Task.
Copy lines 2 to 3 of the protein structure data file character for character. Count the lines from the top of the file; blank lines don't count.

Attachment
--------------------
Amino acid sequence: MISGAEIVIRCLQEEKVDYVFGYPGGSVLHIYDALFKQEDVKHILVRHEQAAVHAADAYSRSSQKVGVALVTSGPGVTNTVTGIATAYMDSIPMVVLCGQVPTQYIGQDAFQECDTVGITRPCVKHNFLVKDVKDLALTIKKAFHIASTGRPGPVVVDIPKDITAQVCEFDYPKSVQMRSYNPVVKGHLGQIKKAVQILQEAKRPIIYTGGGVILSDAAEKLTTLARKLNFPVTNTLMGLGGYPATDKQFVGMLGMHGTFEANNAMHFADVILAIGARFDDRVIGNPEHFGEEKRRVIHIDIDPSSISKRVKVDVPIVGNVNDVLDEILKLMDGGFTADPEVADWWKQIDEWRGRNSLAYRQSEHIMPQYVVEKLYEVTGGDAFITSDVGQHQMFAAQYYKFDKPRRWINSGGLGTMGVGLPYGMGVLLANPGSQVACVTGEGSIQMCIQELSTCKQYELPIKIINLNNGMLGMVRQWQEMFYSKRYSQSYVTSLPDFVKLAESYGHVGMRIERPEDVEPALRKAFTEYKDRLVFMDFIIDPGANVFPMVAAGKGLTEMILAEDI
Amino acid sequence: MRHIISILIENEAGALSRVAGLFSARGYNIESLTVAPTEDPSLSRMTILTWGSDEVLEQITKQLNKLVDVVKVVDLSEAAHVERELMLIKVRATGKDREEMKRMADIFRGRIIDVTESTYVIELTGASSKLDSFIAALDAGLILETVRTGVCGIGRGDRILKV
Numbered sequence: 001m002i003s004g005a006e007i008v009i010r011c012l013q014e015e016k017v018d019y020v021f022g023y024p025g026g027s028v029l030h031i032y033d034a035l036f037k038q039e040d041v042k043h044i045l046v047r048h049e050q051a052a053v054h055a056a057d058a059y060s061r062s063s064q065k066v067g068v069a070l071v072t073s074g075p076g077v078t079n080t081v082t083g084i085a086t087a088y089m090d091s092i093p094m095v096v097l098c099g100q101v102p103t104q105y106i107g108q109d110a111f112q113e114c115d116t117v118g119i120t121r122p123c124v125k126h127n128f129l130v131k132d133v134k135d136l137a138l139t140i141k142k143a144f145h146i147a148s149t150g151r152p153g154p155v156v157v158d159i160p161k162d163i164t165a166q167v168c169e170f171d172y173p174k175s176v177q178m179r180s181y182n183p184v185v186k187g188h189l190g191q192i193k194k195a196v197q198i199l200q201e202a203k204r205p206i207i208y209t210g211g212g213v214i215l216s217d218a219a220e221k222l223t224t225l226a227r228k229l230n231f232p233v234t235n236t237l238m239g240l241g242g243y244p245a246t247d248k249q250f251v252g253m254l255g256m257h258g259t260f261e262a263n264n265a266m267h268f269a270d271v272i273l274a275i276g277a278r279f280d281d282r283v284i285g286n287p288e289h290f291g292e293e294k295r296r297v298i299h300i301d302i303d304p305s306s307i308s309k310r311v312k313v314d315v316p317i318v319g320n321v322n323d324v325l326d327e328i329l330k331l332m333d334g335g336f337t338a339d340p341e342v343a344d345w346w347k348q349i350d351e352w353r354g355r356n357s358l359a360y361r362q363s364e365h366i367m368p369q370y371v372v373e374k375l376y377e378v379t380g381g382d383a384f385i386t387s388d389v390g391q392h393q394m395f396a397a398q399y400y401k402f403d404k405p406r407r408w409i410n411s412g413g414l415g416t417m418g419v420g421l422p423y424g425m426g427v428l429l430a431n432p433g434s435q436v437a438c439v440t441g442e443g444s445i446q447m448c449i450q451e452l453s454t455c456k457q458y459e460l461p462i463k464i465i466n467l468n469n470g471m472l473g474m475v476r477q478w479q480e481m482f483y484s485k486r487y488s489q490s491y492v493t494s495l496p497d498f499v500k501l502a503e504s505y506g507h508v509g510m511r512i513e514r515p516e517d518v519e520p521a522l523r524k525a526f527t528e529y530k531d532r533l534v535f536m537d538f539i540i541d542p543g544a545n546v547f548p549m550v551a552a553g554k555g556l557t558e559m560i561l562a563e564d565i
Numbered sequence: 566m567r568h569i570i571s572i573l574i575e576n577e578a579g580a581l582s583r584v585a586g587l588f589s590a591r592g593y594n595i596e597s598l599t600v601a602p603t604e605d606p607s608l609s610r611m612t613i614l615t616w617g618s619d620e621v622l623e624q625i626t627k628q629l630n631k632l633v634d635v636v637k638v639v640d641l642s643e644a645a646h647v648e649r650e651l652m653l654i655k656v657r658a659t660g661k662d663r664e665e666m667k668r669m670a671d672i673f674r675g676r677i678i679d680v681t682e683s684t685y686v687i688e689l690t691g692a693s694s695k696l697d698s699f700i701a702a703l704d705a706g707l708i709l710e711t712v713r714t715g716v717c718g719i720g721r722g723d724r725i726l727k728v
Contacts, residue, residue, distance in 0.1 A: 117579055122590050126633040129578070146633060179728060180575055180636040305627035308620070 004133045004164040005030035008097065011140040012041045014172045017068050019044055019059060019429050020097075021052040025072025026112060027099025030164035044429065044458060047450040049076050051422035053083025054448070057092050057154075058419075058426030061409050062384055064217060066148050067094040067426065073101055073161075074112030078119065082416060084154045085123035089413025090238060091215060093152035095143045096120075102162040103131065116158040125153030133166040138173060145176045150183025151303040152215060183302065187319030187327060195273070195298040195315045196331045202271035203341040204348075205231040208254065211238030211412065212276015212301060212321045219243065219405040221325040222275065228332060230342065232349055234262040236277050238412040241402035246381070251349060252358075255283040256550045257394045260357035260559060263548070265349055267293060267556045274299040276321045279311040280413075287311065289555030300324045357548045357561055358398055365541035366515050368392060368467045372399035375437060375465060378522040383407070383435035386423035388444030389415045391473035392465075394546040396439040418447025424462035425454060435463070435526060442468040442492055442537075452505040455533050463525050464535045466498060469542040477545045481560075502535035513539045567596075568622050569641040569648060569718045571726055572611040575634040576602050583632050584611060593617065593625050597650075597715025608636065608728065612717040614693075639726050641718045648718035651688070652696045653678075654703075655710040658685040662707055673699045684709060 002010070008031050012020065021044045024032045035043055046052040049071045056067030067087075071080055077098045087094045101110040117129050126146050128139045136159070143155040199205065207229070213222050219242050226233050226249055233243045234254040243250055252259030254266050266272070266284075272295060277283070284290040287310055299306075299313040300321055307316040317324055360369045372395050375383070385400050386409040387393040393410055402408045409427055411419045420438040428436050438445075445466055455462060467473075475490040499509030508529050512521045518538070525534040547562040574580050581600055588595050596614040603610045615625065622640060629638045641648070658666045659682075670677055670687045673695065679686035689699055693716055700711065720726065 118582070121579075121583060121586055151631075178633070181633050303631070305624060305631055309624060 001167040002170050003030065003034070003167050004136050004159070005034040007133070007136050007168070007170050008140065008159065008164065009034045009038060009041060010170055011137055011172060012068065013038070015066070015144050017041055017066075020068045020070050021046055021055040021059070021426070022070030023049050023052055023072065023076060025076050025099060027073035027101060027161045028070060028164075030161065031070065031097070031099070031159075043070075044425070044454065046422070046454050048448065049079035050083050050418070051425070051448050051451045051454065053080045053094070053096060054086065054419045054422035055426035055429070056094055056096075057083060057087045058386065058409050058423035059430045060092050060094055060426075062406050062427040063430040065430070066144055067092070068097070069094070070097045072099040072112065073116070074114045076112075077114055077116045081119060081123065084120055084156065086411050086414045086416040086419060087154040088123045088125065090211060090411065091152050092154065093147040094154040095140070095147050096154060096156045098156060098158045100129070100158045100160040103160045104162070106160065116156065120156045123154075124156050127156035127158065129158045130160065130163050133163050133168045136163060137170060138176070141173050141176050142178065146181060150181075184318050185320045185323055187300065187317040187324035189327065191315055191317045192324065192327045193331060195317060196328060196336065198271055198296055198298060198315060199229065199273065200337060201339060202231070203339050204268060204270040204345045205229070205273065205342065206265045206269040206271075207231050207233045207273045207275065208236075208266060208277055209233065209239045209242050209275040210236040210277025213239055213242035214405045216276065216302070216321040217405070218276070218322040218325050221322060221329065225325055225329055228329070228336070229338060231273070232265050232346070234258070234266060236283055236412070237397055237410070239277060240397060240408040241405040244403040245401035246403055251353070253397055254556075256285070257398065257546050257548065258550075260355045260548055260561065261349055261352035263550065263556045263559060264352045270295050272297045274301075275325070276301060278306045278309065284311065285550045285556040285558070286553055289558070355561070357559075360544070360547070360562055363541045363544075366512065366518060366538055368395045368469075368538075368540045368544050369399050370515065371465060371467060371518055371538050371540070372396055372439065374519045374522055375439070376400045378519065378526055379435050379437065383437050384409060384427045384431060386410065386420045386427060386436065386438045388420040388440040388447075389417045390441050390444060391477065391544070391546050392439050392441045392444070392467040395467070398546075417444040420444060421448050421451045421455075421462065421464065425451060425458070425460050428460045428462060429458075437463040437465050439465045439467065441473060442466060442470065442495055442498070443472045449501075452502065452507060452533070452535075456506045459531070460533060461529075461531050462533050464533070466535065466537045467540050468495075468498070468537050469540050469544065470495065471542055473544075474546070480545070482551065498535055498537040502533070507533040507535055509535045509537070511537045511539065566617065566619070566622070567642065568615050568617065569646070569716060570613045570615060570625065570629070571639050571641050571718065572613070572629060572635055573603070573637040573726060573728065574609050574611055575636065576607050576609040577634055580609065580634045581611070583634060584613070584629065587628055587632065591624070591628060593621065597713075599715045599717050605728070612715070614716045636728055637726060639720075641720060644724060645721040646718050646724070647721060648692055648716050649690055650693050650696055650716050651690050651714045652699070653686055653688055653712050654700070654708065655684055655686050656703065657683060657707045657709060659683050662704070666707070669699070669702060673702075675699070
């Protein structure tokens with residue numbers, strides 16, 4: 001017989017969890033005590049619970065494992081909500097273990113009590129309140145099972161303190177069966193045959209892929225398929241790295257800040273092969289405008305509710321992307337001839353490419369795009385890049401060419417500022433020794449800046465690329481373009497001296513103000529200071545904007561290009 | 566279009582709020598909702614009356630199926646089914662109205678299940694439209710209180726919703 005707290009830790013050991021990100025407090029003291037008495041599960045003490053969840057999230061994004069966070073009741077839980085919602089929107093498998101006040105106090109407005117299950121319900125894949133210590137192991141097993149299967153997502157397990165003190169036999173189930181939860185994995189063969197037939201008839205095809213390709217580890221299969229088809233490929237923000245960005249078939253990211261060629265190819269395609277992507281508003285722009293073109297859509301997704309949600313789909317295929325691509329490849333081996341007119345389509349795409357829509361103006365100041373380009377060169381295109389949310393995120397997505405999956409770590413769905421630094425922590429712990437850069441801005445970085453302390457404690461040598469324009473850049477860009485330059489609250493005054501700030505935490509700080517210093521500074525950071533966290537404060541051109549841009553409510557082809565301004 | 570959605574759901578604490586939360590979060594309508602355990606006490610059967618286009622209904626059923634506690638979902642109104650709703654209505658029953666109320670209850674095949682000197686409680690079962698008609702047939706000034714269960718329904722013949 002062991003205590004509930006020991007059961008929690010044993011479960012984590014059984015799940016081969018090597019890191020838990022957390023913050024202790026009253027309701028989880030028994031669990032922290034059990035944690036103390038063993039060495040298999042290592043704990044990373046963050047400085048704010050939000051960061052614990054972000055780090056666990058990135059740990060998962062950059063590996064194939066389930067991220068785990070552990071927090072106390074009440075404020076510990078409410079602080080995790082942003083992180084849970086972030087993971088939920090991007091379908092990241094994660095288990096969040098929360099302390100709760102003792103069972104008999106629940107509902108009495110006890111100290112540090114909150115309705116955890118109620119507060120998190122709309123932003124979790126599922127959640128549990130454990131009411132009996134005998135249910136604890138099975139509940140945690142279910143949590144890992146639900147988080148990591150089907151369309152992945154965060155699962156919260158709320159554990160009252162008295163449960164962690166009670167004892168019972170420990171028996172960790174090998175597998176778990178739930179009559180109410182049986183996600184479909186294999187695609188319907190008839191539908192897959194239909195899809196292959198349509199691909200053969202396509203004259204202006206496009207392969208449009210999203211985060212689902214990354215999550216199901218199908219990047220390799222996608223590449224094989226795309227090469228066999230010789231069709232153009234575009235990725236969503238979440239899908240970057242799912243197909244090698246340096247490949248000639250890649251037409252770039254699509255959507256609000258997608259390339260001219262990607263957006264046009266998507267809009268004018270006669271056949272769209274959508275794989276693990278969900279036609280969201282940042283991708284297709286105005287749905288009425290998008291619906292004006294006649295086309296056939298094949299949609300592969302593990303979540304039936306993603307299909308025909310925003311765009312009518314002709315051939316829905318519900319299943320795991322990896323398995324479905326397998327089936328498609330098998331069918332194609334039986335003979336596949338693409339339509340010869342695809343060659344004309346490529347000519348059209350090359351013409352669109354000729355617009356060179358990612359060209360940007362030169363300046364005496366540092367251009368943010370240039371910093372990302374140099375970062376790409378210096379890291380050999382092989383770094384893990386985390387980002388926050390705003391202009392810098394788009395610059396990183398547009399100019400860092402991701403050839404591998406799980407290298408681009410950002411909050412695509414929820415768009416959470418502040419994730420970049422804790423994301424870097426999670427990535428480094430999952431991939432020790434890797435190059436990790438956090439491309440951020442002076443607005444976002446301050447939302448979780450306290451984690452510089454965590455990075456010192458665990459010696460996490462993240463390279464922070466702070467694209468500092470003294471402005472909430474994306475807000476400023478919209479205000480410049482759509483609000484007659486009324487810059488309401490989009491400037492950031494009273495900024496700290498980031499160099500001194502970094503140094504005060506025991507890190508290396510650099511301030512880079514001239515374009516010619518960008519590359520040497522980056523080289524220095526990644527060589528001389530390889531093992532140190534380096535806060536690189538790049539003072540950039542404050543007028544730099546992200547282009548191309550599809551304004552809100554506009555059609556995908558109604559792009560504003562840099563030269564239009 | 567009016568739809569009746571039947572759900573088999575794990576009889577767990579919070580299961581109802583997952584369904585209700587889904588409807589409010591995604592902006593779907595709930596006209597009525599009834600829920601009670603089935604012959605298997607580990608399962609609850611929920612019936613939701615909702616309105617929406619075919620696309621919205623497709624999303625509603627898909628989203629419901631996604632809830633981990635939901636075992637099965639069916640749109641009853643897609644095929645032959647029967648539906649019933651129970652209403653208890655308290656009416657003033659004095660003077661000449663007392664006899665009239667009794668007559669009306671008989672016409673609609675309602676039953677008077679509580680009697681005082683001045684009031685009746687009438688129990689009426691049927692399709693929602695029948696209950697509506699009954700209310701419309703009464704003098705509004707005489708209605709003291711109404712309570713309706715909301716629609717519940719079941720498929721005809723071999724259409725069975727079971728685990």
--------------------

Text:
Amino acid sequence: MRHIISILIENEAGALSRVAGLFSARGYNIESLTVAPTEDPSLSRMTILTWGSDEVLEQITKQLNKLVDVVKVVDLSEAAHVERELMLIKVRATGKDREEMKRMADIFRGRIIDVTESTYVIELTGASSKLDSFIAALDAGLILETVRTGVCGIGRGDRILKV
Numbered sequence: 001m002i003s004g005a006e007i008v009i010r011c012l013q014e015e016k017v018d019y020v021f022g023y024p025g026g027s028v029l030h031i032y033d034a035l036f037k038q039e040d041v042k043h044i045l046v047r048h049e050q051a052a053v054h055a056a057d058a059y060s061r062s063s064q065k066v067g068v069a070l071v072t073s074g075p076g077v078t079n080t081v082t083g084i085a086t087a088y089m090d091s092i093p094m095v096v097l098c099g100q101v102p103t104q105y106i107g108q109d110a111f112q113e114c115d116t117v118g119i120t121r122p123c124v125k126h127n128f129l130v131k132d133v134k135d136l137a138l139t140i141k142k143a144f145h146i147a148s149t150g151r152p153g154p155v156v157v158d159i160p161k162d163i164t165a166q167v168c169e170f171d172y173p174k175s176v177q178m179r180s181y182n183p184v185v186k187g188h189l190g191q192i193k194k195a196v197q198i199l200q201e202a203k204r205p206i207i208y209t210g211g212g213v214i215l216s217d218a219a220e221k222l223t224t225l226a227r228k229l230n231f232p233v234t235n236t237l238m239g240l241g242g243y244p245a246t247d248k249q250f251v252g253m254l255g256m257h258g259t260f261e262a263n264n265a266m267h268f269a270d271v272i273l274a275i276g277a278r279f280d281d282r283v284i285g286n287p288e289h290f291g292e293e294k295r296r297v298i299h300i301d302i303d304p305s306s307i308s309k310r311v312k313v314d315v316p317i318v319g320n321v322n323d324v325l326d327e328i329l330k331l332m333d334g335g336f337t338a339d340p341e342v343a344d345w346w347k348q349i350d351e352w353r354g355r356n357s358l359a360y361r362q363s364e365h366i367m368p369q370y371v372v373e374k375l376y377e378v379t380g381g382d383a384f385i386t387s388d389v390g391q392h393q394m395f396a397a398q399y400y401k402f403d404k405p406r407r408w409i410n411s412g413g414l415g416t417m418g419v420g421l422p423y424g425m426g427v428l429l430a431n432p433g434s435q436v437a438c439v440t441g442e443g444s445i446q447m448c449i450q451e452l453s454t455c456k457q458y459e460l461p462i463k464i465i466n467l468n469n470g471m472l473g474m475v476r477q478w479q480e481m482f483y484s485k486r487y488s489q490s491y492v493t494s495l496p497d498f499v500k501l502a503e504s505y506g507h508v509g510m511r512i513e514r515p516e517d518v519e520p521a522l523r524k525a526f527t528e529y530k531d532r533l534v535f536m537d538f539i540i541d542p543g544a545n546v547f548p549m550v551a552a553g554k555g556l557t558e559m560i561l562a563e564d565i